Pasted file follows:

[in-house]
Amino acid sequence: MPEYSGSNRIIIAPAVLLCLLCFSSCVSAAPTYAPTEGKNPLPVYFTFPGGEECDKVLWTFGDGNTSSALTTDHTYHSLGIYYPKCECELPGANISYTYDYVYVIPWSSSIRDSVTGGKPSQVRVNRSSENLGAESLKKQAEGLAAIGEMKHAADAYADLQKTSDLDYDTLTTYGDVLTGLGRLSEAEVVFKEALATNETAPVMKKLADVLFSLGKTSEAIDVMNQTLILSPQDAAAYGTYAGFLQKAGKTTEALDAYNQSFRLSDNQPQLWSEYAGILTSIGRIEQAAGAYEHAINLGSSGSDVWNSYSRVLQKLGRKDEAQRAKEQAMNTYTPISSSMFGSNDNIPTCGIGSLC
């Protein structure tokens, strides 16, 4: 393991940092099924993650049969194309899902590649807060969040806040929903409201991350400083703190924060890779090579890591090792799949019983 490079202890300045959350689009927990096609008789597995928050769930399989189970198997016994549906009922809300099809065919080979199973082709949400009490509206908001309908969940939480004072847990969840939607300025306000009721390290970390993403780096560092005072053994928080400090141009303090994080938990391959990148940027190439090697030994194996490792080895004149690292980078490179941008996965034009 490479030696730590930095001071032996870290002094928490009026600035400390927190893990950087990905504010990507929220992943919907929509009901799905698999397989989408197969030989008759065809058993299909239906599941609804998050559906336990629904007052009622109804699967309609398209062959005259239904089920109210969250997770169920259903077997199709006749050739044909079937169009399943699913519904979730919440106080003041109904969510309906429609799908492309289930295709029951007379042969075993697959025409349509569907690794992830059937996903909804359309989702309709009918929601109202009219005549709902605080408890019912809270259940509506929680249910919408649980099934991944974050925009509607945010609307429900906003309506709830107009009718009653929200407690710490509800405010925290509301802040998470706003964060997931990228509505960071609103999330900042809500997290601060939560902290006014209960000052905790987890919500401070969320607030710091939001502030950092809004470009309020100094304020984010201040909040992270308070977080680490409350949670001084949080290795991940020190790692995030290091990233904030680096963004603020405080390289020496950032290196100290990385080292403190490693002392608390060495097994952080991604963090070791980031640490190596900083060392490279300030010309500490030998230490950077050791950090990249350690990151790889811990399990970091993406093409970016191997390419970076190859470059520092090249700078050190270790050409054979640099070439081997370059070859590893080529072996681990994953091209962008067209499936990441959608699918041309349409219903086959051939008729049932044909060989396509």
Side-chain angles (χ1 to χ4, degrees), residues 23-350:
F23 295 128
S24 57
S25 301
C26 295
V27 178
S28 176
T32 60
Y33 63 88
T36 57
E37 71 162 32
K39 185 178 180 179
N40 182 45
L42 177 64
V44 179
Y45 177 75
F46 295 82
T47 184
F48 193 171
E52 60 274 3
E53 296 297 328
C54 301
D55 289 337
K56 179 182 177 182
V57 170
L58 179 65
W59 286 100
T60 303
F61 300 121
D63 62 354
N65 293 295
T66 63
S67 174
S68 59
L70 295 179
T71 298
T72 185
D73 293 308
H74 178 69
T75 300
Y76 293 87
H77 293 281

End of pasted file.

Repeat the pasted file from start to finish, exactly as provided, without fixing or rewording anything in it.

[in-house]
Amino acid sequence: MPEYSGSNRIIIAPAVLLCLLCFSSCVSAAPTYAPTEGKNPLPVYFTFPGGEECDKVLWTFGDGNTSSALTTDHTYHSLGIYYPKCECELPGANISYTYDYVYVIPWSSSIRDSVTGGKPSQVRVNRSSENLGAESLKKQAEGLAAIGEMKHAADAYADLQKTSDLDYDTLTTYGDVLTGLGRLSEAEVVFKEALATNETAPVMKKLADVLFSLGKTSEAIDVMNQTLILSPQDAAAYGTYAGFLQKAGKTTEALDAYNQSFRLSDNQPQLWSEYAGILTSIGRIEQAAGAYEHAINLGSSGSDVWNSYSRVLQKLGRKDEAQRAKEQAMNTYTPISSSMFGSNDNIPTCGIGSLC
């Protein structure tokens, strides 16, 4: 393991940092099924993650049969194309899902590649807060969040806040929903409201991350400083703190924060890779090579890591090792799949019983 490079202890300045959350689009927990096609008789597995928050769930399989189970198997016994549906009922809300099809065919080979199973082709949400009490509206908001309908969940939480004072847990969840939607300025306000009721390290970390993403780096560092005072053994928080400090141009303090994080938990391959990148940027190439090697030994194996490792080895004149690292980078490179941008996965034009 490479030696730590930095001071032996870290002094928490009026600035400390927190893990950087990905504010990507929220992943919907929509009901799905698999397989989408197969030989008759065809058993299909239906599941609804998050559906336990629904007052009622109804699967309609398209062959005259239904089920109210969250997770169920259903077997199709006749050739044909079937169009399943699913519904979730919440106080003041109904969510309906429609799908492309289930295709029951007379042969075993697959025409349509569907690794992830059937996903909804359309989702309709009918929601109202009219005549709902605080408890019912809270259940509506929680249910919408649980099934991944974050925009509607945010609307429900906003309506709830107009009718009653929200407690710490509800405010925290509301802040998470706003964060997931990228509505960071609103999330900042809500997290601060939560902290006014209960000052905790987890919500401070969320607030710091939001502030950092809004470009309020100094304020984010201040909040992270308070977080680490409350949670001084949080290795991940020190790692995030290091990233904030680096963004603020405080390289020496950032290196100290990385080292403190490693002392608390060495097994952080991604963090070791980031640490190596900083060392490279300030010309500490030998230490950077050791950090990249350690990151790889811990399990970091993406093409970016191997390419970076190859470059520092090249700078050190270790050409054979640099070439081997370059070859590893080529072996681990994953091209962008067209499936990441959608699918041309349409219903086959051939008729049932044909060989396509």
Side-chain angles (χ1 to χ4, degrees), residues 23-350:
F23 295 128
S24 57
S25 301
C26 295
V27 178
S28 176
T32 60
Y33 63 88
T36 57
E37 71 162 32
K39 185 178 180 179
N40 182 45
L42 177 64
V44 179
Y45 177 75
F46 295 82
T47 184
F48 193 171
E52 60 274 3
E53 296 297 328
C54 301
D55 289 337
K56 179 182 177 182
V57 170
L58 179 65
W59 286 100
T60 303
F61 300 121
D63 62 354
N65 293 295
T66 63
S67 174
S68 59
L70 295 179
T71 298
T72 185
D73 293 308
H74 178 69
T75 300
Y76 293 87
H77 293 281